Editorial: Jai Kisan?

More than Organic Mission required to assist farmers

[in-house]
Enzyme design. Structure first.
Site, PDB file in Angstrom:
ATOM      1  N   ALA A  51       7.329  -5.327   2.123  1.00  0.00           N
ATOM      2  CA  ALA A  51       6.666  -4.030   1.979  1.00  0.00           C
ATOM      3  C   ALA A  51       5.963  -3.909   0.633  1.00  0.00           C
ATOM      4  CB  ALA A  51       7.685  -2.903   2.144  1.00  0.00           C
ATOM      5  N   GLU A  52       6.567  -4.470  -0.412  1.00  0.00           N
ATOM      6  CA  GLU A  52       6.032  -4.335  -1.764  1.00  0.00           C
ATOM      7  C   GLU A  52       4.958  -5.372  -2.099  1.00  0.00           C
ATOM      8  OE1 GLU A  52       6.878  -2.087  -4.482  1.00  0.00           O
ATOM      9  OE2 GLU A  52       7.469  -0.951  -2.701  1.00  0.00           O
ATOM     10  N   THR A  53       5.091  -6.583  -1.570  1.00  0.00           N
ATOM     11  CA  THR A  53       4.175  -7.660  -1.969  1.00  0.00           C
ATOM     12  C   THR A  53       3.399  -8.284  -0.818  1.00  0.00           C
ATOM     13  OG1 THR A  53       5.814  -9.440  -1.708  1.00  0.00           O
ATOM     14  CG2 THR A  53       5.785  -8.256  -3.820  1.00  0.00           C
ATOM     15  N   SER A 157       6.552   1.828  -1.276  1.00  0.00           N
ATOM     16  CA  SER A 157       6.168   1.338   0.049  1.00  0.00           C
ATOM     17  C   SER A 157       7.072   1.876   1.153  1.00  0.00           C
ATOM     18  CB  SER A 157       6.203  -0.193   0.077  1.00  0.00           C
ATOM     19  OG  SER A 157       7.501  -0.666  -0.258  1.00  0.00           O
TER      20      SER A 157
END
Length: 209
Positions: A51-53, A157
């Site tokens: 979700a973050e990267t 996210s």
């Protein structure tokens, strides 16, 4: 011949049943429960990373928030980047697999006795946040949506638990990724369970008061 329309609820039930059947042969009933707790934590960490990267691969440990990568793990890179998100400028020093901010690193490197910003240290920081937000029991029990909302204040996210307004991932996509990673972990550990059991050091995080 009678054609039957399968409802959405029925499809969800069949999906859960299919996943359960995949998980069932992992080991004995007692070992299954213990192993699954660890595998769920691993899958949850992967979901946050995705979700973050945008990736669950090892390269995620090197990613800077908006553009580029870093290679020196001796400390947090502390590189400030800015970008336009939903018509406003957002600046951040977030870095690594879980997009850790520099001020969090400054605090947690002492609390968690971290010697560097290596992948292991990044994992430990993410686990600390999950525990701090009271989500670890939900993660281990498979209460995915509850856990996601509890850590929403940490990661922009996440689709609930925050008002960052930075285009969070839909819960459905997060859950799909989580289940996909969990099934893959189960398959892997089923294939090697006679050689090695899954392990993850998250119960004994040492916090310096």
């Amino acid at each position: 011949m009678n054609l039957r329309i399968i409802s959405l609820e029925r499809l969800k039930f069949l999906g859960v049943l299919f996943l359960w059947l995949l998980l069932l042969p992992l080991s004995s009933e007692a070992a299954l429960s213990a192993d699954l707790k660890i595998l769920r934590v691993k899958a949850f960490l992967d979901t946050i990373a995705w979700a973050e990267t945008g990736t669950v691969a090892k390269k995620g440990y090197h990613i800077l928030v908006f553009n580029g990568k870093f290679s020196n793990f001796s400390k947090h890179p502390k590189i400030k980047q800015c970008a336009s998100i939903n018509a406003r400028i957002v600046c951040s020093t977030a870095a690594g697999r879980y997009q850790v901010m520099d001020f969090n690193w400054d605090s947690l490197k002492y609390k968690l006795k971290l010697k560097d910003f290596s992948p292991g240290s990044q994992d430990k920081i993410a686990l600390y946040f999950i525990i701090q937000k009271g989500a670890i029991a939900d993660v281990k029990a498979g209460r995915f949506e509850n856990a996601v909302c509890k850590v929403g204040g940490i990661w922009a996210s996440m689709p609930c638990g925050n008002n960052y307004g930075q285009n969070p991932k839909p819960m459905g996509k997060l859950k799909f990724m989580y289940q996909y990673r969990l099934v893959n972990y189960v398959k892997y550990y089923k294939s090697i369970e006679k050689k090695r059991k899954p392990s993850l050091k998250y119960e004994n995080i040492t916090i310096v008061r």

When seventy per cent of the population, that majority living in rural Sikkim which registers agriculture as their profession, is extended less than 3% of the loans advanced by banks in Sikkim, one knows that an inexcusable denial is afoot. As per stipulations governing banking practices in the country, loans to the agriculture sector should constitute at least 18% of the total advances released by banks. In Sikkim, this figure stood at a dismal 2.90% as of 31 March 2016 as per data featured in the 39th State Level Banker’s Committee. It would have been all well if the under-performance by banks was because farmers in Sikkim were so well off that they did not need loans to improve the productivity of their farms. But that is obviously not the case. Public sector banks achieved only 37.90% of the target they set up for themselves for agriculture sector loans. But wait, the figure gets even more dismal when one realizes that although 37.9% of the targeted loans were disbursed, these covered only 13.1% of total beneficiaries they had aimed to cover. One cannot understand this hesitation when one also notices that recovery for agricultural loans was at a handsome 63.5% for Sikkim against the dismal 14.9% for loans to industry. If agriculture receives the right boost in the form of adequate loan support, rural Sikkim will prosper. That much any one can figure out. But what confounds is why that is not happening. Of course, the situation of fewer new generation hands taking up the proverbial plough is not unique to Sikkim. Census 2011 informs us that 42% of the nation’s farmers would, if given the choice, quit agriculture. It is into this frame that Sikkim’s situation needs to be viewed. There might not be desperate poverty among the farmers in Sikkim, but the sector has obviously plateaued out and is now on the decline which is why fewer families have the new generation tilling the fields. This is not to suggest that the children of farmers should remain farmers, but is an argument to highlight that dignity needs to be brought back to the sector and more youngsters allowed the chance to leverage their wider exposure, keener scientific temperament and higher ambitions to revolutionise agriculture in Sikkim. The State Government, to its credit, has undertaken the right policy decision by pursuing the Organic Sikkim mission and identifying horticulture and floriculture as thrust areas for the rural economy. Organic Sikkim, even as it strives to resuscitate agriculture to its original, un-poisoned by pesticides roots in Sikkim, also capitalizes on a growing respect for organic products in the world market. But it will take more than awareness workshops by “service providers” to deliver the real results. Such a turnaround can begin if capital formation in agriculture and allied sectors is accelerated. Sikkim has the benefit of being in a situation where agriculture loans are required not for sustenance but to propel the sector to a new level of prosperity. The investment is required because as per the Agriculture Census of 2010-11, 77% of the farmers in Sikkim fall in the small and marginal category, working on average farm sizes of 0.64 hectares. The general consensus on the minimum size of farmland to allow a farmer the space to “do well” is at least one hectare. Hence, for farmers to prosper, or even remain relevant, they will need to invest in their small landholdings and improve productivity through better irrigation, improved seeds, wider diversification and adding sources of livelihood like poultry and animal husbandry. This should ideally come through agriculture loans. To draw a positive from even the current status of poor banking support for agriculture, this situation allows Sikkim the benefit of learning from the horrors of farmer indebtedness which has torn through wide swathes of farmlands across the country. If the policy-makers decide that banking support for agriculture should be expanded, they should first ensure that fiscal prudence and financial planning is instilled in rural Sikkim. Urban Sikkim already has a very poor track-record of loan repayments, but that spectrum has the cushion of salaries and commerce to tide them over, rural Sikkim is not as privileged, but its resilience is a strong asset to keep the loans safe and serviced if the people are first informed about banking and loan repayment processes.